Abstract [from journal]
Introduction: Interventions informed by behavioural economics, such as planning prompts, have the potential to increase HIV testing at minimal or no cost. Planning prompts have not been previously evaluated for HIV testing uptake. We conducted a randomised clinical trial to evaluate the effectiveness of low-cost planning prompts to promote HIV testing among men.
Methods: We randomised adult men in rural Ugandan parishes to receive a calendar planning prompt that gave them the opportunity to make a plan to get tested for HIV at health campaigns held in their communities. Participants received either a calendar showing the dates when the community health campaign would be held (control group) or a calendar showing the dates and prompting them to select a date and time when they planned to attend (planning prompt group). Participants were not required to select a date and time or to share their selection with study staff. The primary outcome was HIV testing uptake at the community health campaign.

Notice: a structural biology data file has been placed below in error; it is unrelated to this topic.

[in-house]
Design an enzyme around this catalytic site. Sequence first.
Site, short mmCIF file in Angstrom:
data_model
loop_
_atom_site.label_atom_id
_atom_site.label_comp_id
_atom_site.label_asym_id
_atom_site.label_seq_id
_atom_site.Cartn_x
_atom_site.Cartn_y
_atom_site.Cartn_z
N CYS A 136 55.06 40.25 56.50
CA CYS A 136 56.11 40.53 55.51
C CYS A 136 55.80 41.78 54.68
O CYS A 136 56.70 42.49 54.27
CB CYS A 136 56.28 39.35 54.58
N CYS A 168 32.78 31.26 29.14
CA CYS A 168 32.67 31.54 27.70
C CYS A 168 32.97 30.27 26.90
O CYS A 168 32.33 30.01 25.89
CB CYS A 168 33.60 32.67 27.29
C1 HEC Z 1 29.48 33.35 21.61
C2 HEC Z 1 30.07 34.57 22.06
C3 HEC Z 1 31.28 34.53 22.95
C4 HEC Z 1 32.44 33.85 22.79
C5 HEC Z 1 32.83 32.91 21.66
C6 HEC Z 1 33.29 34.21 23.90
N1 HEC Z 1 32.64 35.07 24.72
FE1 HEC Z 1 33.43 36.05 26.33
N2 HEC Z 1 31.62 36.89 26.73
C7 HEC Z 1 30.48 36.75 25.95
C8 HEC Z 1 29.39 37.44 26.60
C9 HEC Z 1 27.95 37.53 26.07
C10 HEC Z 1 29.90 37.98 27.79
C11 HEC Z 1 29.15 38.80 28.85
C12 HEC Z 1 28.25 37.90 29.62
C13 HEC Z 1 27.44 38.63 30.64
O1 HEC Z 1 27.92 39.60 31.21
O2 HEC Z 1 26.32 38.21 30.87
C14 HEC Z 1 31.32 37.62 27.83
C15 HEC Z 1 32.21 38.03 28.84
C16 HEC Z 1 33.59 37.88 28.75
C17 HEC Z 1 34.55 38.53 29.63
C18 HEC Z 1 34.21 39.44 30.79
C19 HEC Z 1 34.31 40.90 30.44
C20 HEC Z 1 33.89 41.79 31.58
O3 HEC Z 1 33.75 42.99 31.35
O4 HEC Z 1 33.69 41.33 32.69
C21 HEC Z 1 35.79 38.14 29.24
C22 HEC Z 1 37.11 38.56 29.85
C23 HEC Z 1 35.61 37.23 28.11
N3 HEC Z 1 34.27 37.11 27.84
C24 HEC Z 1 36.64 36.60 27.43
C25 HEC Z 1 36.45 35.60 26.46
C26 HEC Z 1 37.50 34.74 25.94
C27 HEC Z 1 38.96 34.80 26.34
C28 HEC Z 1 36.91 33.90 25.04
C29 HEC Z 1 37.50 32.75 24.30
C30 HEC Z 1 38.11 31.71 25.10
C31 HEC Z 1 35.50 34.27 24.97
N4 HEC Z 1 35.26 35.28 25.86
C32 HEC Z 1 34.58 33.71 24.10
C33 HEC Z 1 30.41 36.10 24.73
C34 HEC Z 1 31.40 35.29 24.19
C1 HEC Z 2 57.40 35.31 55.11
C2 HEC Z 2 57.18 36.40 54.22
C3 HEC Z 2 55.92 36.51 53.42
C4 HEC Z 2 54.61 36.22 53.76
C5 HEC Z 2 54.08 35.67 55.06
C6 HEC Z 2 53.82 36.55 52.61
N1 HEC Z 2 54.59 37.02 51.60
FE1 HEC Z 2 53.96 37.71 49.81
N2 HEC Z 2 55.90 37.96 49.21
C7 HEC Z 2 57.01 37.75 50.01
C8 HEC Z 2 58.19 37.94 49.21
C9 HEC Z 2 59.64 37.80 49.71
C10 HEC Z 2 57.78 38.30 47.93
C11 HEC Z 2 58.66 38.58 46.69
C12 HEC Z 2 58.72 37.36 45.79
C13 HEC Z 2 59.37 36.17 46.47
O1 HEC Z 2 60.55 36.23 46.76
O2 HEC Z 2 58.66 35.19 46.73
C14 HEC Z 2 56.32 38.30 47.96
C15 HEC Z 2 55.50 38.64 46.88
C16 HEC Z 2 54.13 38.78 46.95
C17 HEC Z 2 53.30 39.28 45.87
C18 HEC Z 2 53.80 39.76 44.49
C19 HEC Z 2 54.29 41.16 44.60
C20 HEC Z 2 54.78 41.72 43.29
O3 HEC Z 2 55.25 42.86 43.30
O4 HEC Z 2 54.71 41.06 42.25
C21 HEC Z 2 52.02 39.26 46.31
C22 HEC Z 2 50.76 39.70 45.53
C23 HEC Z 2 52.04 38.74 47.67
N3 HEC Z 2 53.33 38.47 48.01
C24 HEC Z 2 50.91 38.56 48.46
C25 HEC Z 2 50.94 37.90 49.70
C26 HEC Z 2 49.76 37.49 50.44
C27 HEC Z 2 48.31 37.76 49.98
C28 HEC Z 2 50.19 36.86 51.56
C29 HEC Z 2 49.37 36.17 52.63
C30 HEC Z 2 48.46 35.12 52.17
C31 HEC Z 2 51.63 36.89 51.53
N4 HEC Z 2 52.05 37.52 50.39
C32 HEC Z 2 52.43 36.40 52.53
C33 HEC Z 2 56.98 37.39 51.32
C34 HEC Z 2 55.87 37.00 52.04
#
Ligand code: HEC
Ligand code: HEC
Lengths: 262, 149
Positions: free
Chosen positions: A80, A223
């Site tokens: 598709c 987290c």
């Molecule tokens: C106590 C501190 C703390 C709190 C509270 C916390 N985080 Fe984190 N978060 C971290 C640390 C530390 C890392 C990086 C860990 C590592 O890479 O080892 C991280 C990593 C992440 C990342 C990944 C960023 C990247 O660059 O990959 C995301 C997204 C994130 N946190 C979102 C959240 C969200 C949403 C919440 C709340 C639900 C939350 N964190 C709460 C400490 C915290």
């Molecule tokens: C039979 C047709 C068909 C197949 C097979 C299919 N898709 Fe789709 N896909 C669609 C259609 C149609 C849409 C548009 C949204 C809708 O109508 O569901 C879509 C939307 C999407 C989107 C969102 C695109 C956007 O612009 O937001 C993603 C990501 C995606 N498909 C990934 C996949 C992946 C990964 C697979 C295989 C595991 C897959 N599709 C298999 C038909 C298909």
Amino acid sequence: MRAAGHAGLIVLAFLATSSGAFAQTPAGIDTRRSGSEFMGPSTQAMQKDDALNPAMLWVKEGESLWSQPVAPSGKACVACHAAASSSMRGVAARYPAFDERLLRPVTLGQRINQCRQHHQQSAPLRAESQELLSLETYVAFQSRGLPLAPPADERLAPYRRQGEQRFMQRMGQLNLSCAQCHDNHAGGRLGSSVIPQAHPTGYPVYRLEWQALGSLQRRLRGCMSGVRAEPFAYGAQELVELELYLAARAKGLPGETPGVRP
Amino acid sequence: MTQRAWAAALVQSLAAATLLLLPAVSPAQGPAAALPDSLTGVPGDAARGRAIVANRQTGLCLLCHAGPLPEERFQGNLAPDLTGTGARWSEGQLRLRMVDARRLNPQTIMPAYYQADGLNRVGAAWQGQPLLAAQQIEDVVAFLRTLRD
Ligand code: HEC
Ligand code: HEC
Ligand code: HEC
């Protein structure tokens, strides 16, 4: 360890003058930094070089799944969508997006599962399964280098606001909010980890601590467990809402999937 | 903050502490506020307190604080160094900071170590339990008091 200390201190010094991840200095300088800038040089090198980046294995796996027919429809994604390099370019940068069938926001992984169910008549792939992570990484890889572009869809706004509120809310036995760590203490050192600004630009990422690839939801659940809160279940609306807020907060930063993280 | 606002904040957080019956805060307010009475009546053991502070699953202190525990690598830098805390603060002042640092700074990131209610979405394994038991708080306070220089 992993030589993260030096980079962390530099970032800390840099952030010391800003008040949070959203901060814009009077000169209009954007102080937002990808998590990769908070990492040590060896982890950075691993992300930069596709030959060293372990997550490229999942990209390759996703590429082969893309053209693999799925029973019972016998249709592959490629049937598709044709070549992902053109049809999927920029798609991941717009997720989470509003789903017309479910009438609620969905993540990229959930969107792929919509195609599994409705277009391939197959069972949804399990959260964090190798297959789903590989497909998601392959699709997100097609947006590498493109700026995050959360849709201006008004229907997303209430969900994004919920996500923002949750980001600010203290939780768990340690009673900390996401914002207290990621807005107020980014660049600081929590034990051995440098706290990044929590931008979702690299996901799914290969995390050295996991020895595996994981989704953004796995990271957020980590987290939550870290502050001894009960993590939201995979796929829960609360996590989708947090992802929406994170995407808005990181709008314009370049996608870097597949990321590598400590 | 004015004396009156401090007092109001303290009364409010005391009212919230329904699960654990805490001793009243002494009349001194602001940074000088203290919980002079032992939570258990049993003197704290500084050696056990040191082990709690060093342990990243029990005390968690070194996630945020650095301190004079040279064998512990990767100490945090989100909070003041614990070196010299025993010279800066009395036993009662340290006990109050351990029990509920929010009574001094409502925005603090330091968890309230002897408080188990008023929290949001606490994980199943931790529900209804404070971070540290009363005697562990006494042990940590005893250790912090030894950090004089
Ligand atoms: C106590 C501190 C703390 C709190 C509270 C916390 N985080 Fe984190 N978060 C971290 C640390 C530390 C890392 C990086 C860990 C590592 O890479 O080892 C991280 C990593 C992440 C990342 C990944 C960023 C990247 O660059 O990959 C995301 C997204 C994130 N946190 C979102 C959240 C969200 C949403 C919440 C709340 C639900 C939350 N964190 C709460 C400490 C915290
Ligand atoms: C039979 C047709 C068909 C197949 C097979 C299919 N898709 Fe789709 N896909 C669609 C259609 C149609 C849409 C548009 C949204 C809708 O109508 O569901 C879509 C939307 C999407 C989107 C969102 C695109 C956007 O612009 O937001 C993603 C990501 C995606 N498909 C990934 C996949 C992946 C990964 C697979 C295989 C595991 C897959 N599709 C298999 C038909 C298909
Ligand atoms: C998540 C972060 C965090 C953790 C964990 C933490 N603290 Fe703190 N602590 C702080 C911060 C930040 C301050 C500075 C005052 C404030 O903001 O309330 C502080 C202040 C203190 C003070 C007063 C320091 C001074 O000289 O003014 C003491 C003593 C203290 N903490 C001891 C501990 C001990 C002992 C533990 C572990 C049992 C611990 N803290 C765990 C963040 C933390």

Results: Among 2362 participants, 1796 (76%) participants tested for HIV. Men who received a planning prompt were 2.2 percentage points more likely to test than the control group, although the difference was not statistically significant (77.1% vs 74.9%; 95% CI -1.2 to 5.7 percentage points, p=0.20). The planning prompt was more effective among men enrolled ≤40 days before the campaigns (3.6 percentage-point increase in testing; 95% CI -2.9 to 10.1, p=0.27) than among men enrolled >40 days before the campaigns (1.8 percentage-point increase; 95% CI -2.3 to 5.8, p=0.39), although the effects within the subgroups were not significant.
Conclusion: These findings suggest that planning prompts may be an effective behavioural intervention to promote HIV testing at minimal or no cost. Large-scale studies should further assess the impact and cost-effectiveness of such interventions.